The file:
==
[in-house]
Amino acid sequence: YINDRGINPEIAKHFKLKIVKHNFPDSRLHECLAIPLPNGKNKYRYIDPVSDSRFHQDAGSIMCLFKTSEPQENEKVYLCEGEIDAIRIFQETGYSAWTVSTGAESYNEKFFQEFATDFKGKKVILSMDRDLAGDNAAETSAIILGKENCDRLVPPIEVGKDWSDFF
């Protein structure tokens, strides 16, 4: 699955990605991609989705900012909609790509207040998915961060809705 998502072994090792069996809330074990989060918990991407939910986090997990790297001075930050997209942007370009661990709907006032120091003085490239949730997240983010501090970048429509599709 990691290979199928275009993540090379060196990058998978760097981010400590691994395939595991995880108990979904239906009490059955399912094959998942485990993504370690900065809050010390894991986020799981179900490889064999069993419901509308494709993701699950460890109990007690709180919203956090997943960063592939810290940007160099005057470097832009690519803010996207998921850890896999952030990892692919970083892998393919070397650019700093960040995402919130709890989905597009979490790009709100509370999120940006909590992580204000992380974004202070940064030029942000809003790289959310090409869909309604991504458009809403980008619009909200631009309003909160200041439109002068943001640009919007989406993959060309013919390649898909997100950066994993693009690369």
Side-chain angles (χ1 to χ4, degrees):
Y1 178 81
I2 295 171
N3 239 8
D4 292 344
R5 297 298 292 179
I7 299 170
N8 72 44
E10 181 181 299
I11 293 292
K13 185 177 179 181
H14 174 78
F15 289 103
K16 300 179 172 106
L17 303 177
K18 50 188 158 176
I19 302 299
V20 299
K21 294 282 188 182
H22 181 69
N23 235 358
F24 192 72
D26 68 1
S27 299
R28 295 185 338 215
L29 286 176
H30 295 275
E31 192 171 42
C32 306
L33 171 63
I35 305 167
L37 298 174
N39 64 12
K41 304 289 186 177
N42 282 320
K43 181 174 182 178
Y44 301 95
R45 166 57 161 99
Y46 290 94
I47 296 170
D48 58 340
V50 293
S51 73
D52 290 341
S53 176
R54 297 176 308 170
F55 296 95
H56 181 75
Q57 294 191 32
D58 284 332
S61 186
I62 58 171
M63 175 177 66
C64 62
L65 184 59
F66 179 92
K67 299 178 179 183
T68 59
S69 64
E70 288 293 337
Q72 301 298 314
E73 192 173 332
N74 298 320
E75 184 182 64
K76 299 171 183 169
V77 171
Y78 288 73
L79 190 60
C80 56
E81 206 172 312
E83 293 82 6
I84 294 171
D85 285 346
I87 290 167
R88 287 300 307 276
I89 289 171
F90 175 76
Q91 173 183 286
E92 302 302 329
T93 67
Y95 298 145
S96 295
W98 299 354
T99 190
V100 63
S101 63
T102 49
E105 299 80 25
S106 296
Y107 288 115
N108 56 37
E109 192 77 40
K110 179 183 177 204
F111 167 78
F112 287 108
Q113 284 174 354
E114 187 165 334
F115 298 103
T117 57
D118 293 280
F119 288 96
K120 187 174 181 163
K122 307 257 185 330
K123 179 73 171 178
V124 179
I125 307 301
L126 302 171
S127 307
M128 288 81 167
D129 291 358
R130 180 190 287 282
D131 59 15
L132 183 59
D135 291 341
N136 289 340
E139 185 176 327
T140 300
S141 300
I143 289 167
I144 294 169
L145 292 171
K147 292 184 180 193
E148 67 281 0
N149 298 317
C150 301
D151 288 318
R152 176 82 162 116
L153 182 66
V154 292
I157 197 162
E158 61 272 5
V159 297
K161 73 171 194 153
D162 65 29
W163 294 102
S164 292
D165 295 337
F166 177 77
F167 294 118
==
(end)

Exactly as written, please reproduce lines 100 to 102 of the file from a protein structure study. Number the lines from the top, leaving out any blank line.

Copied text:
E114 187 165 334
F115 298 103
T117 57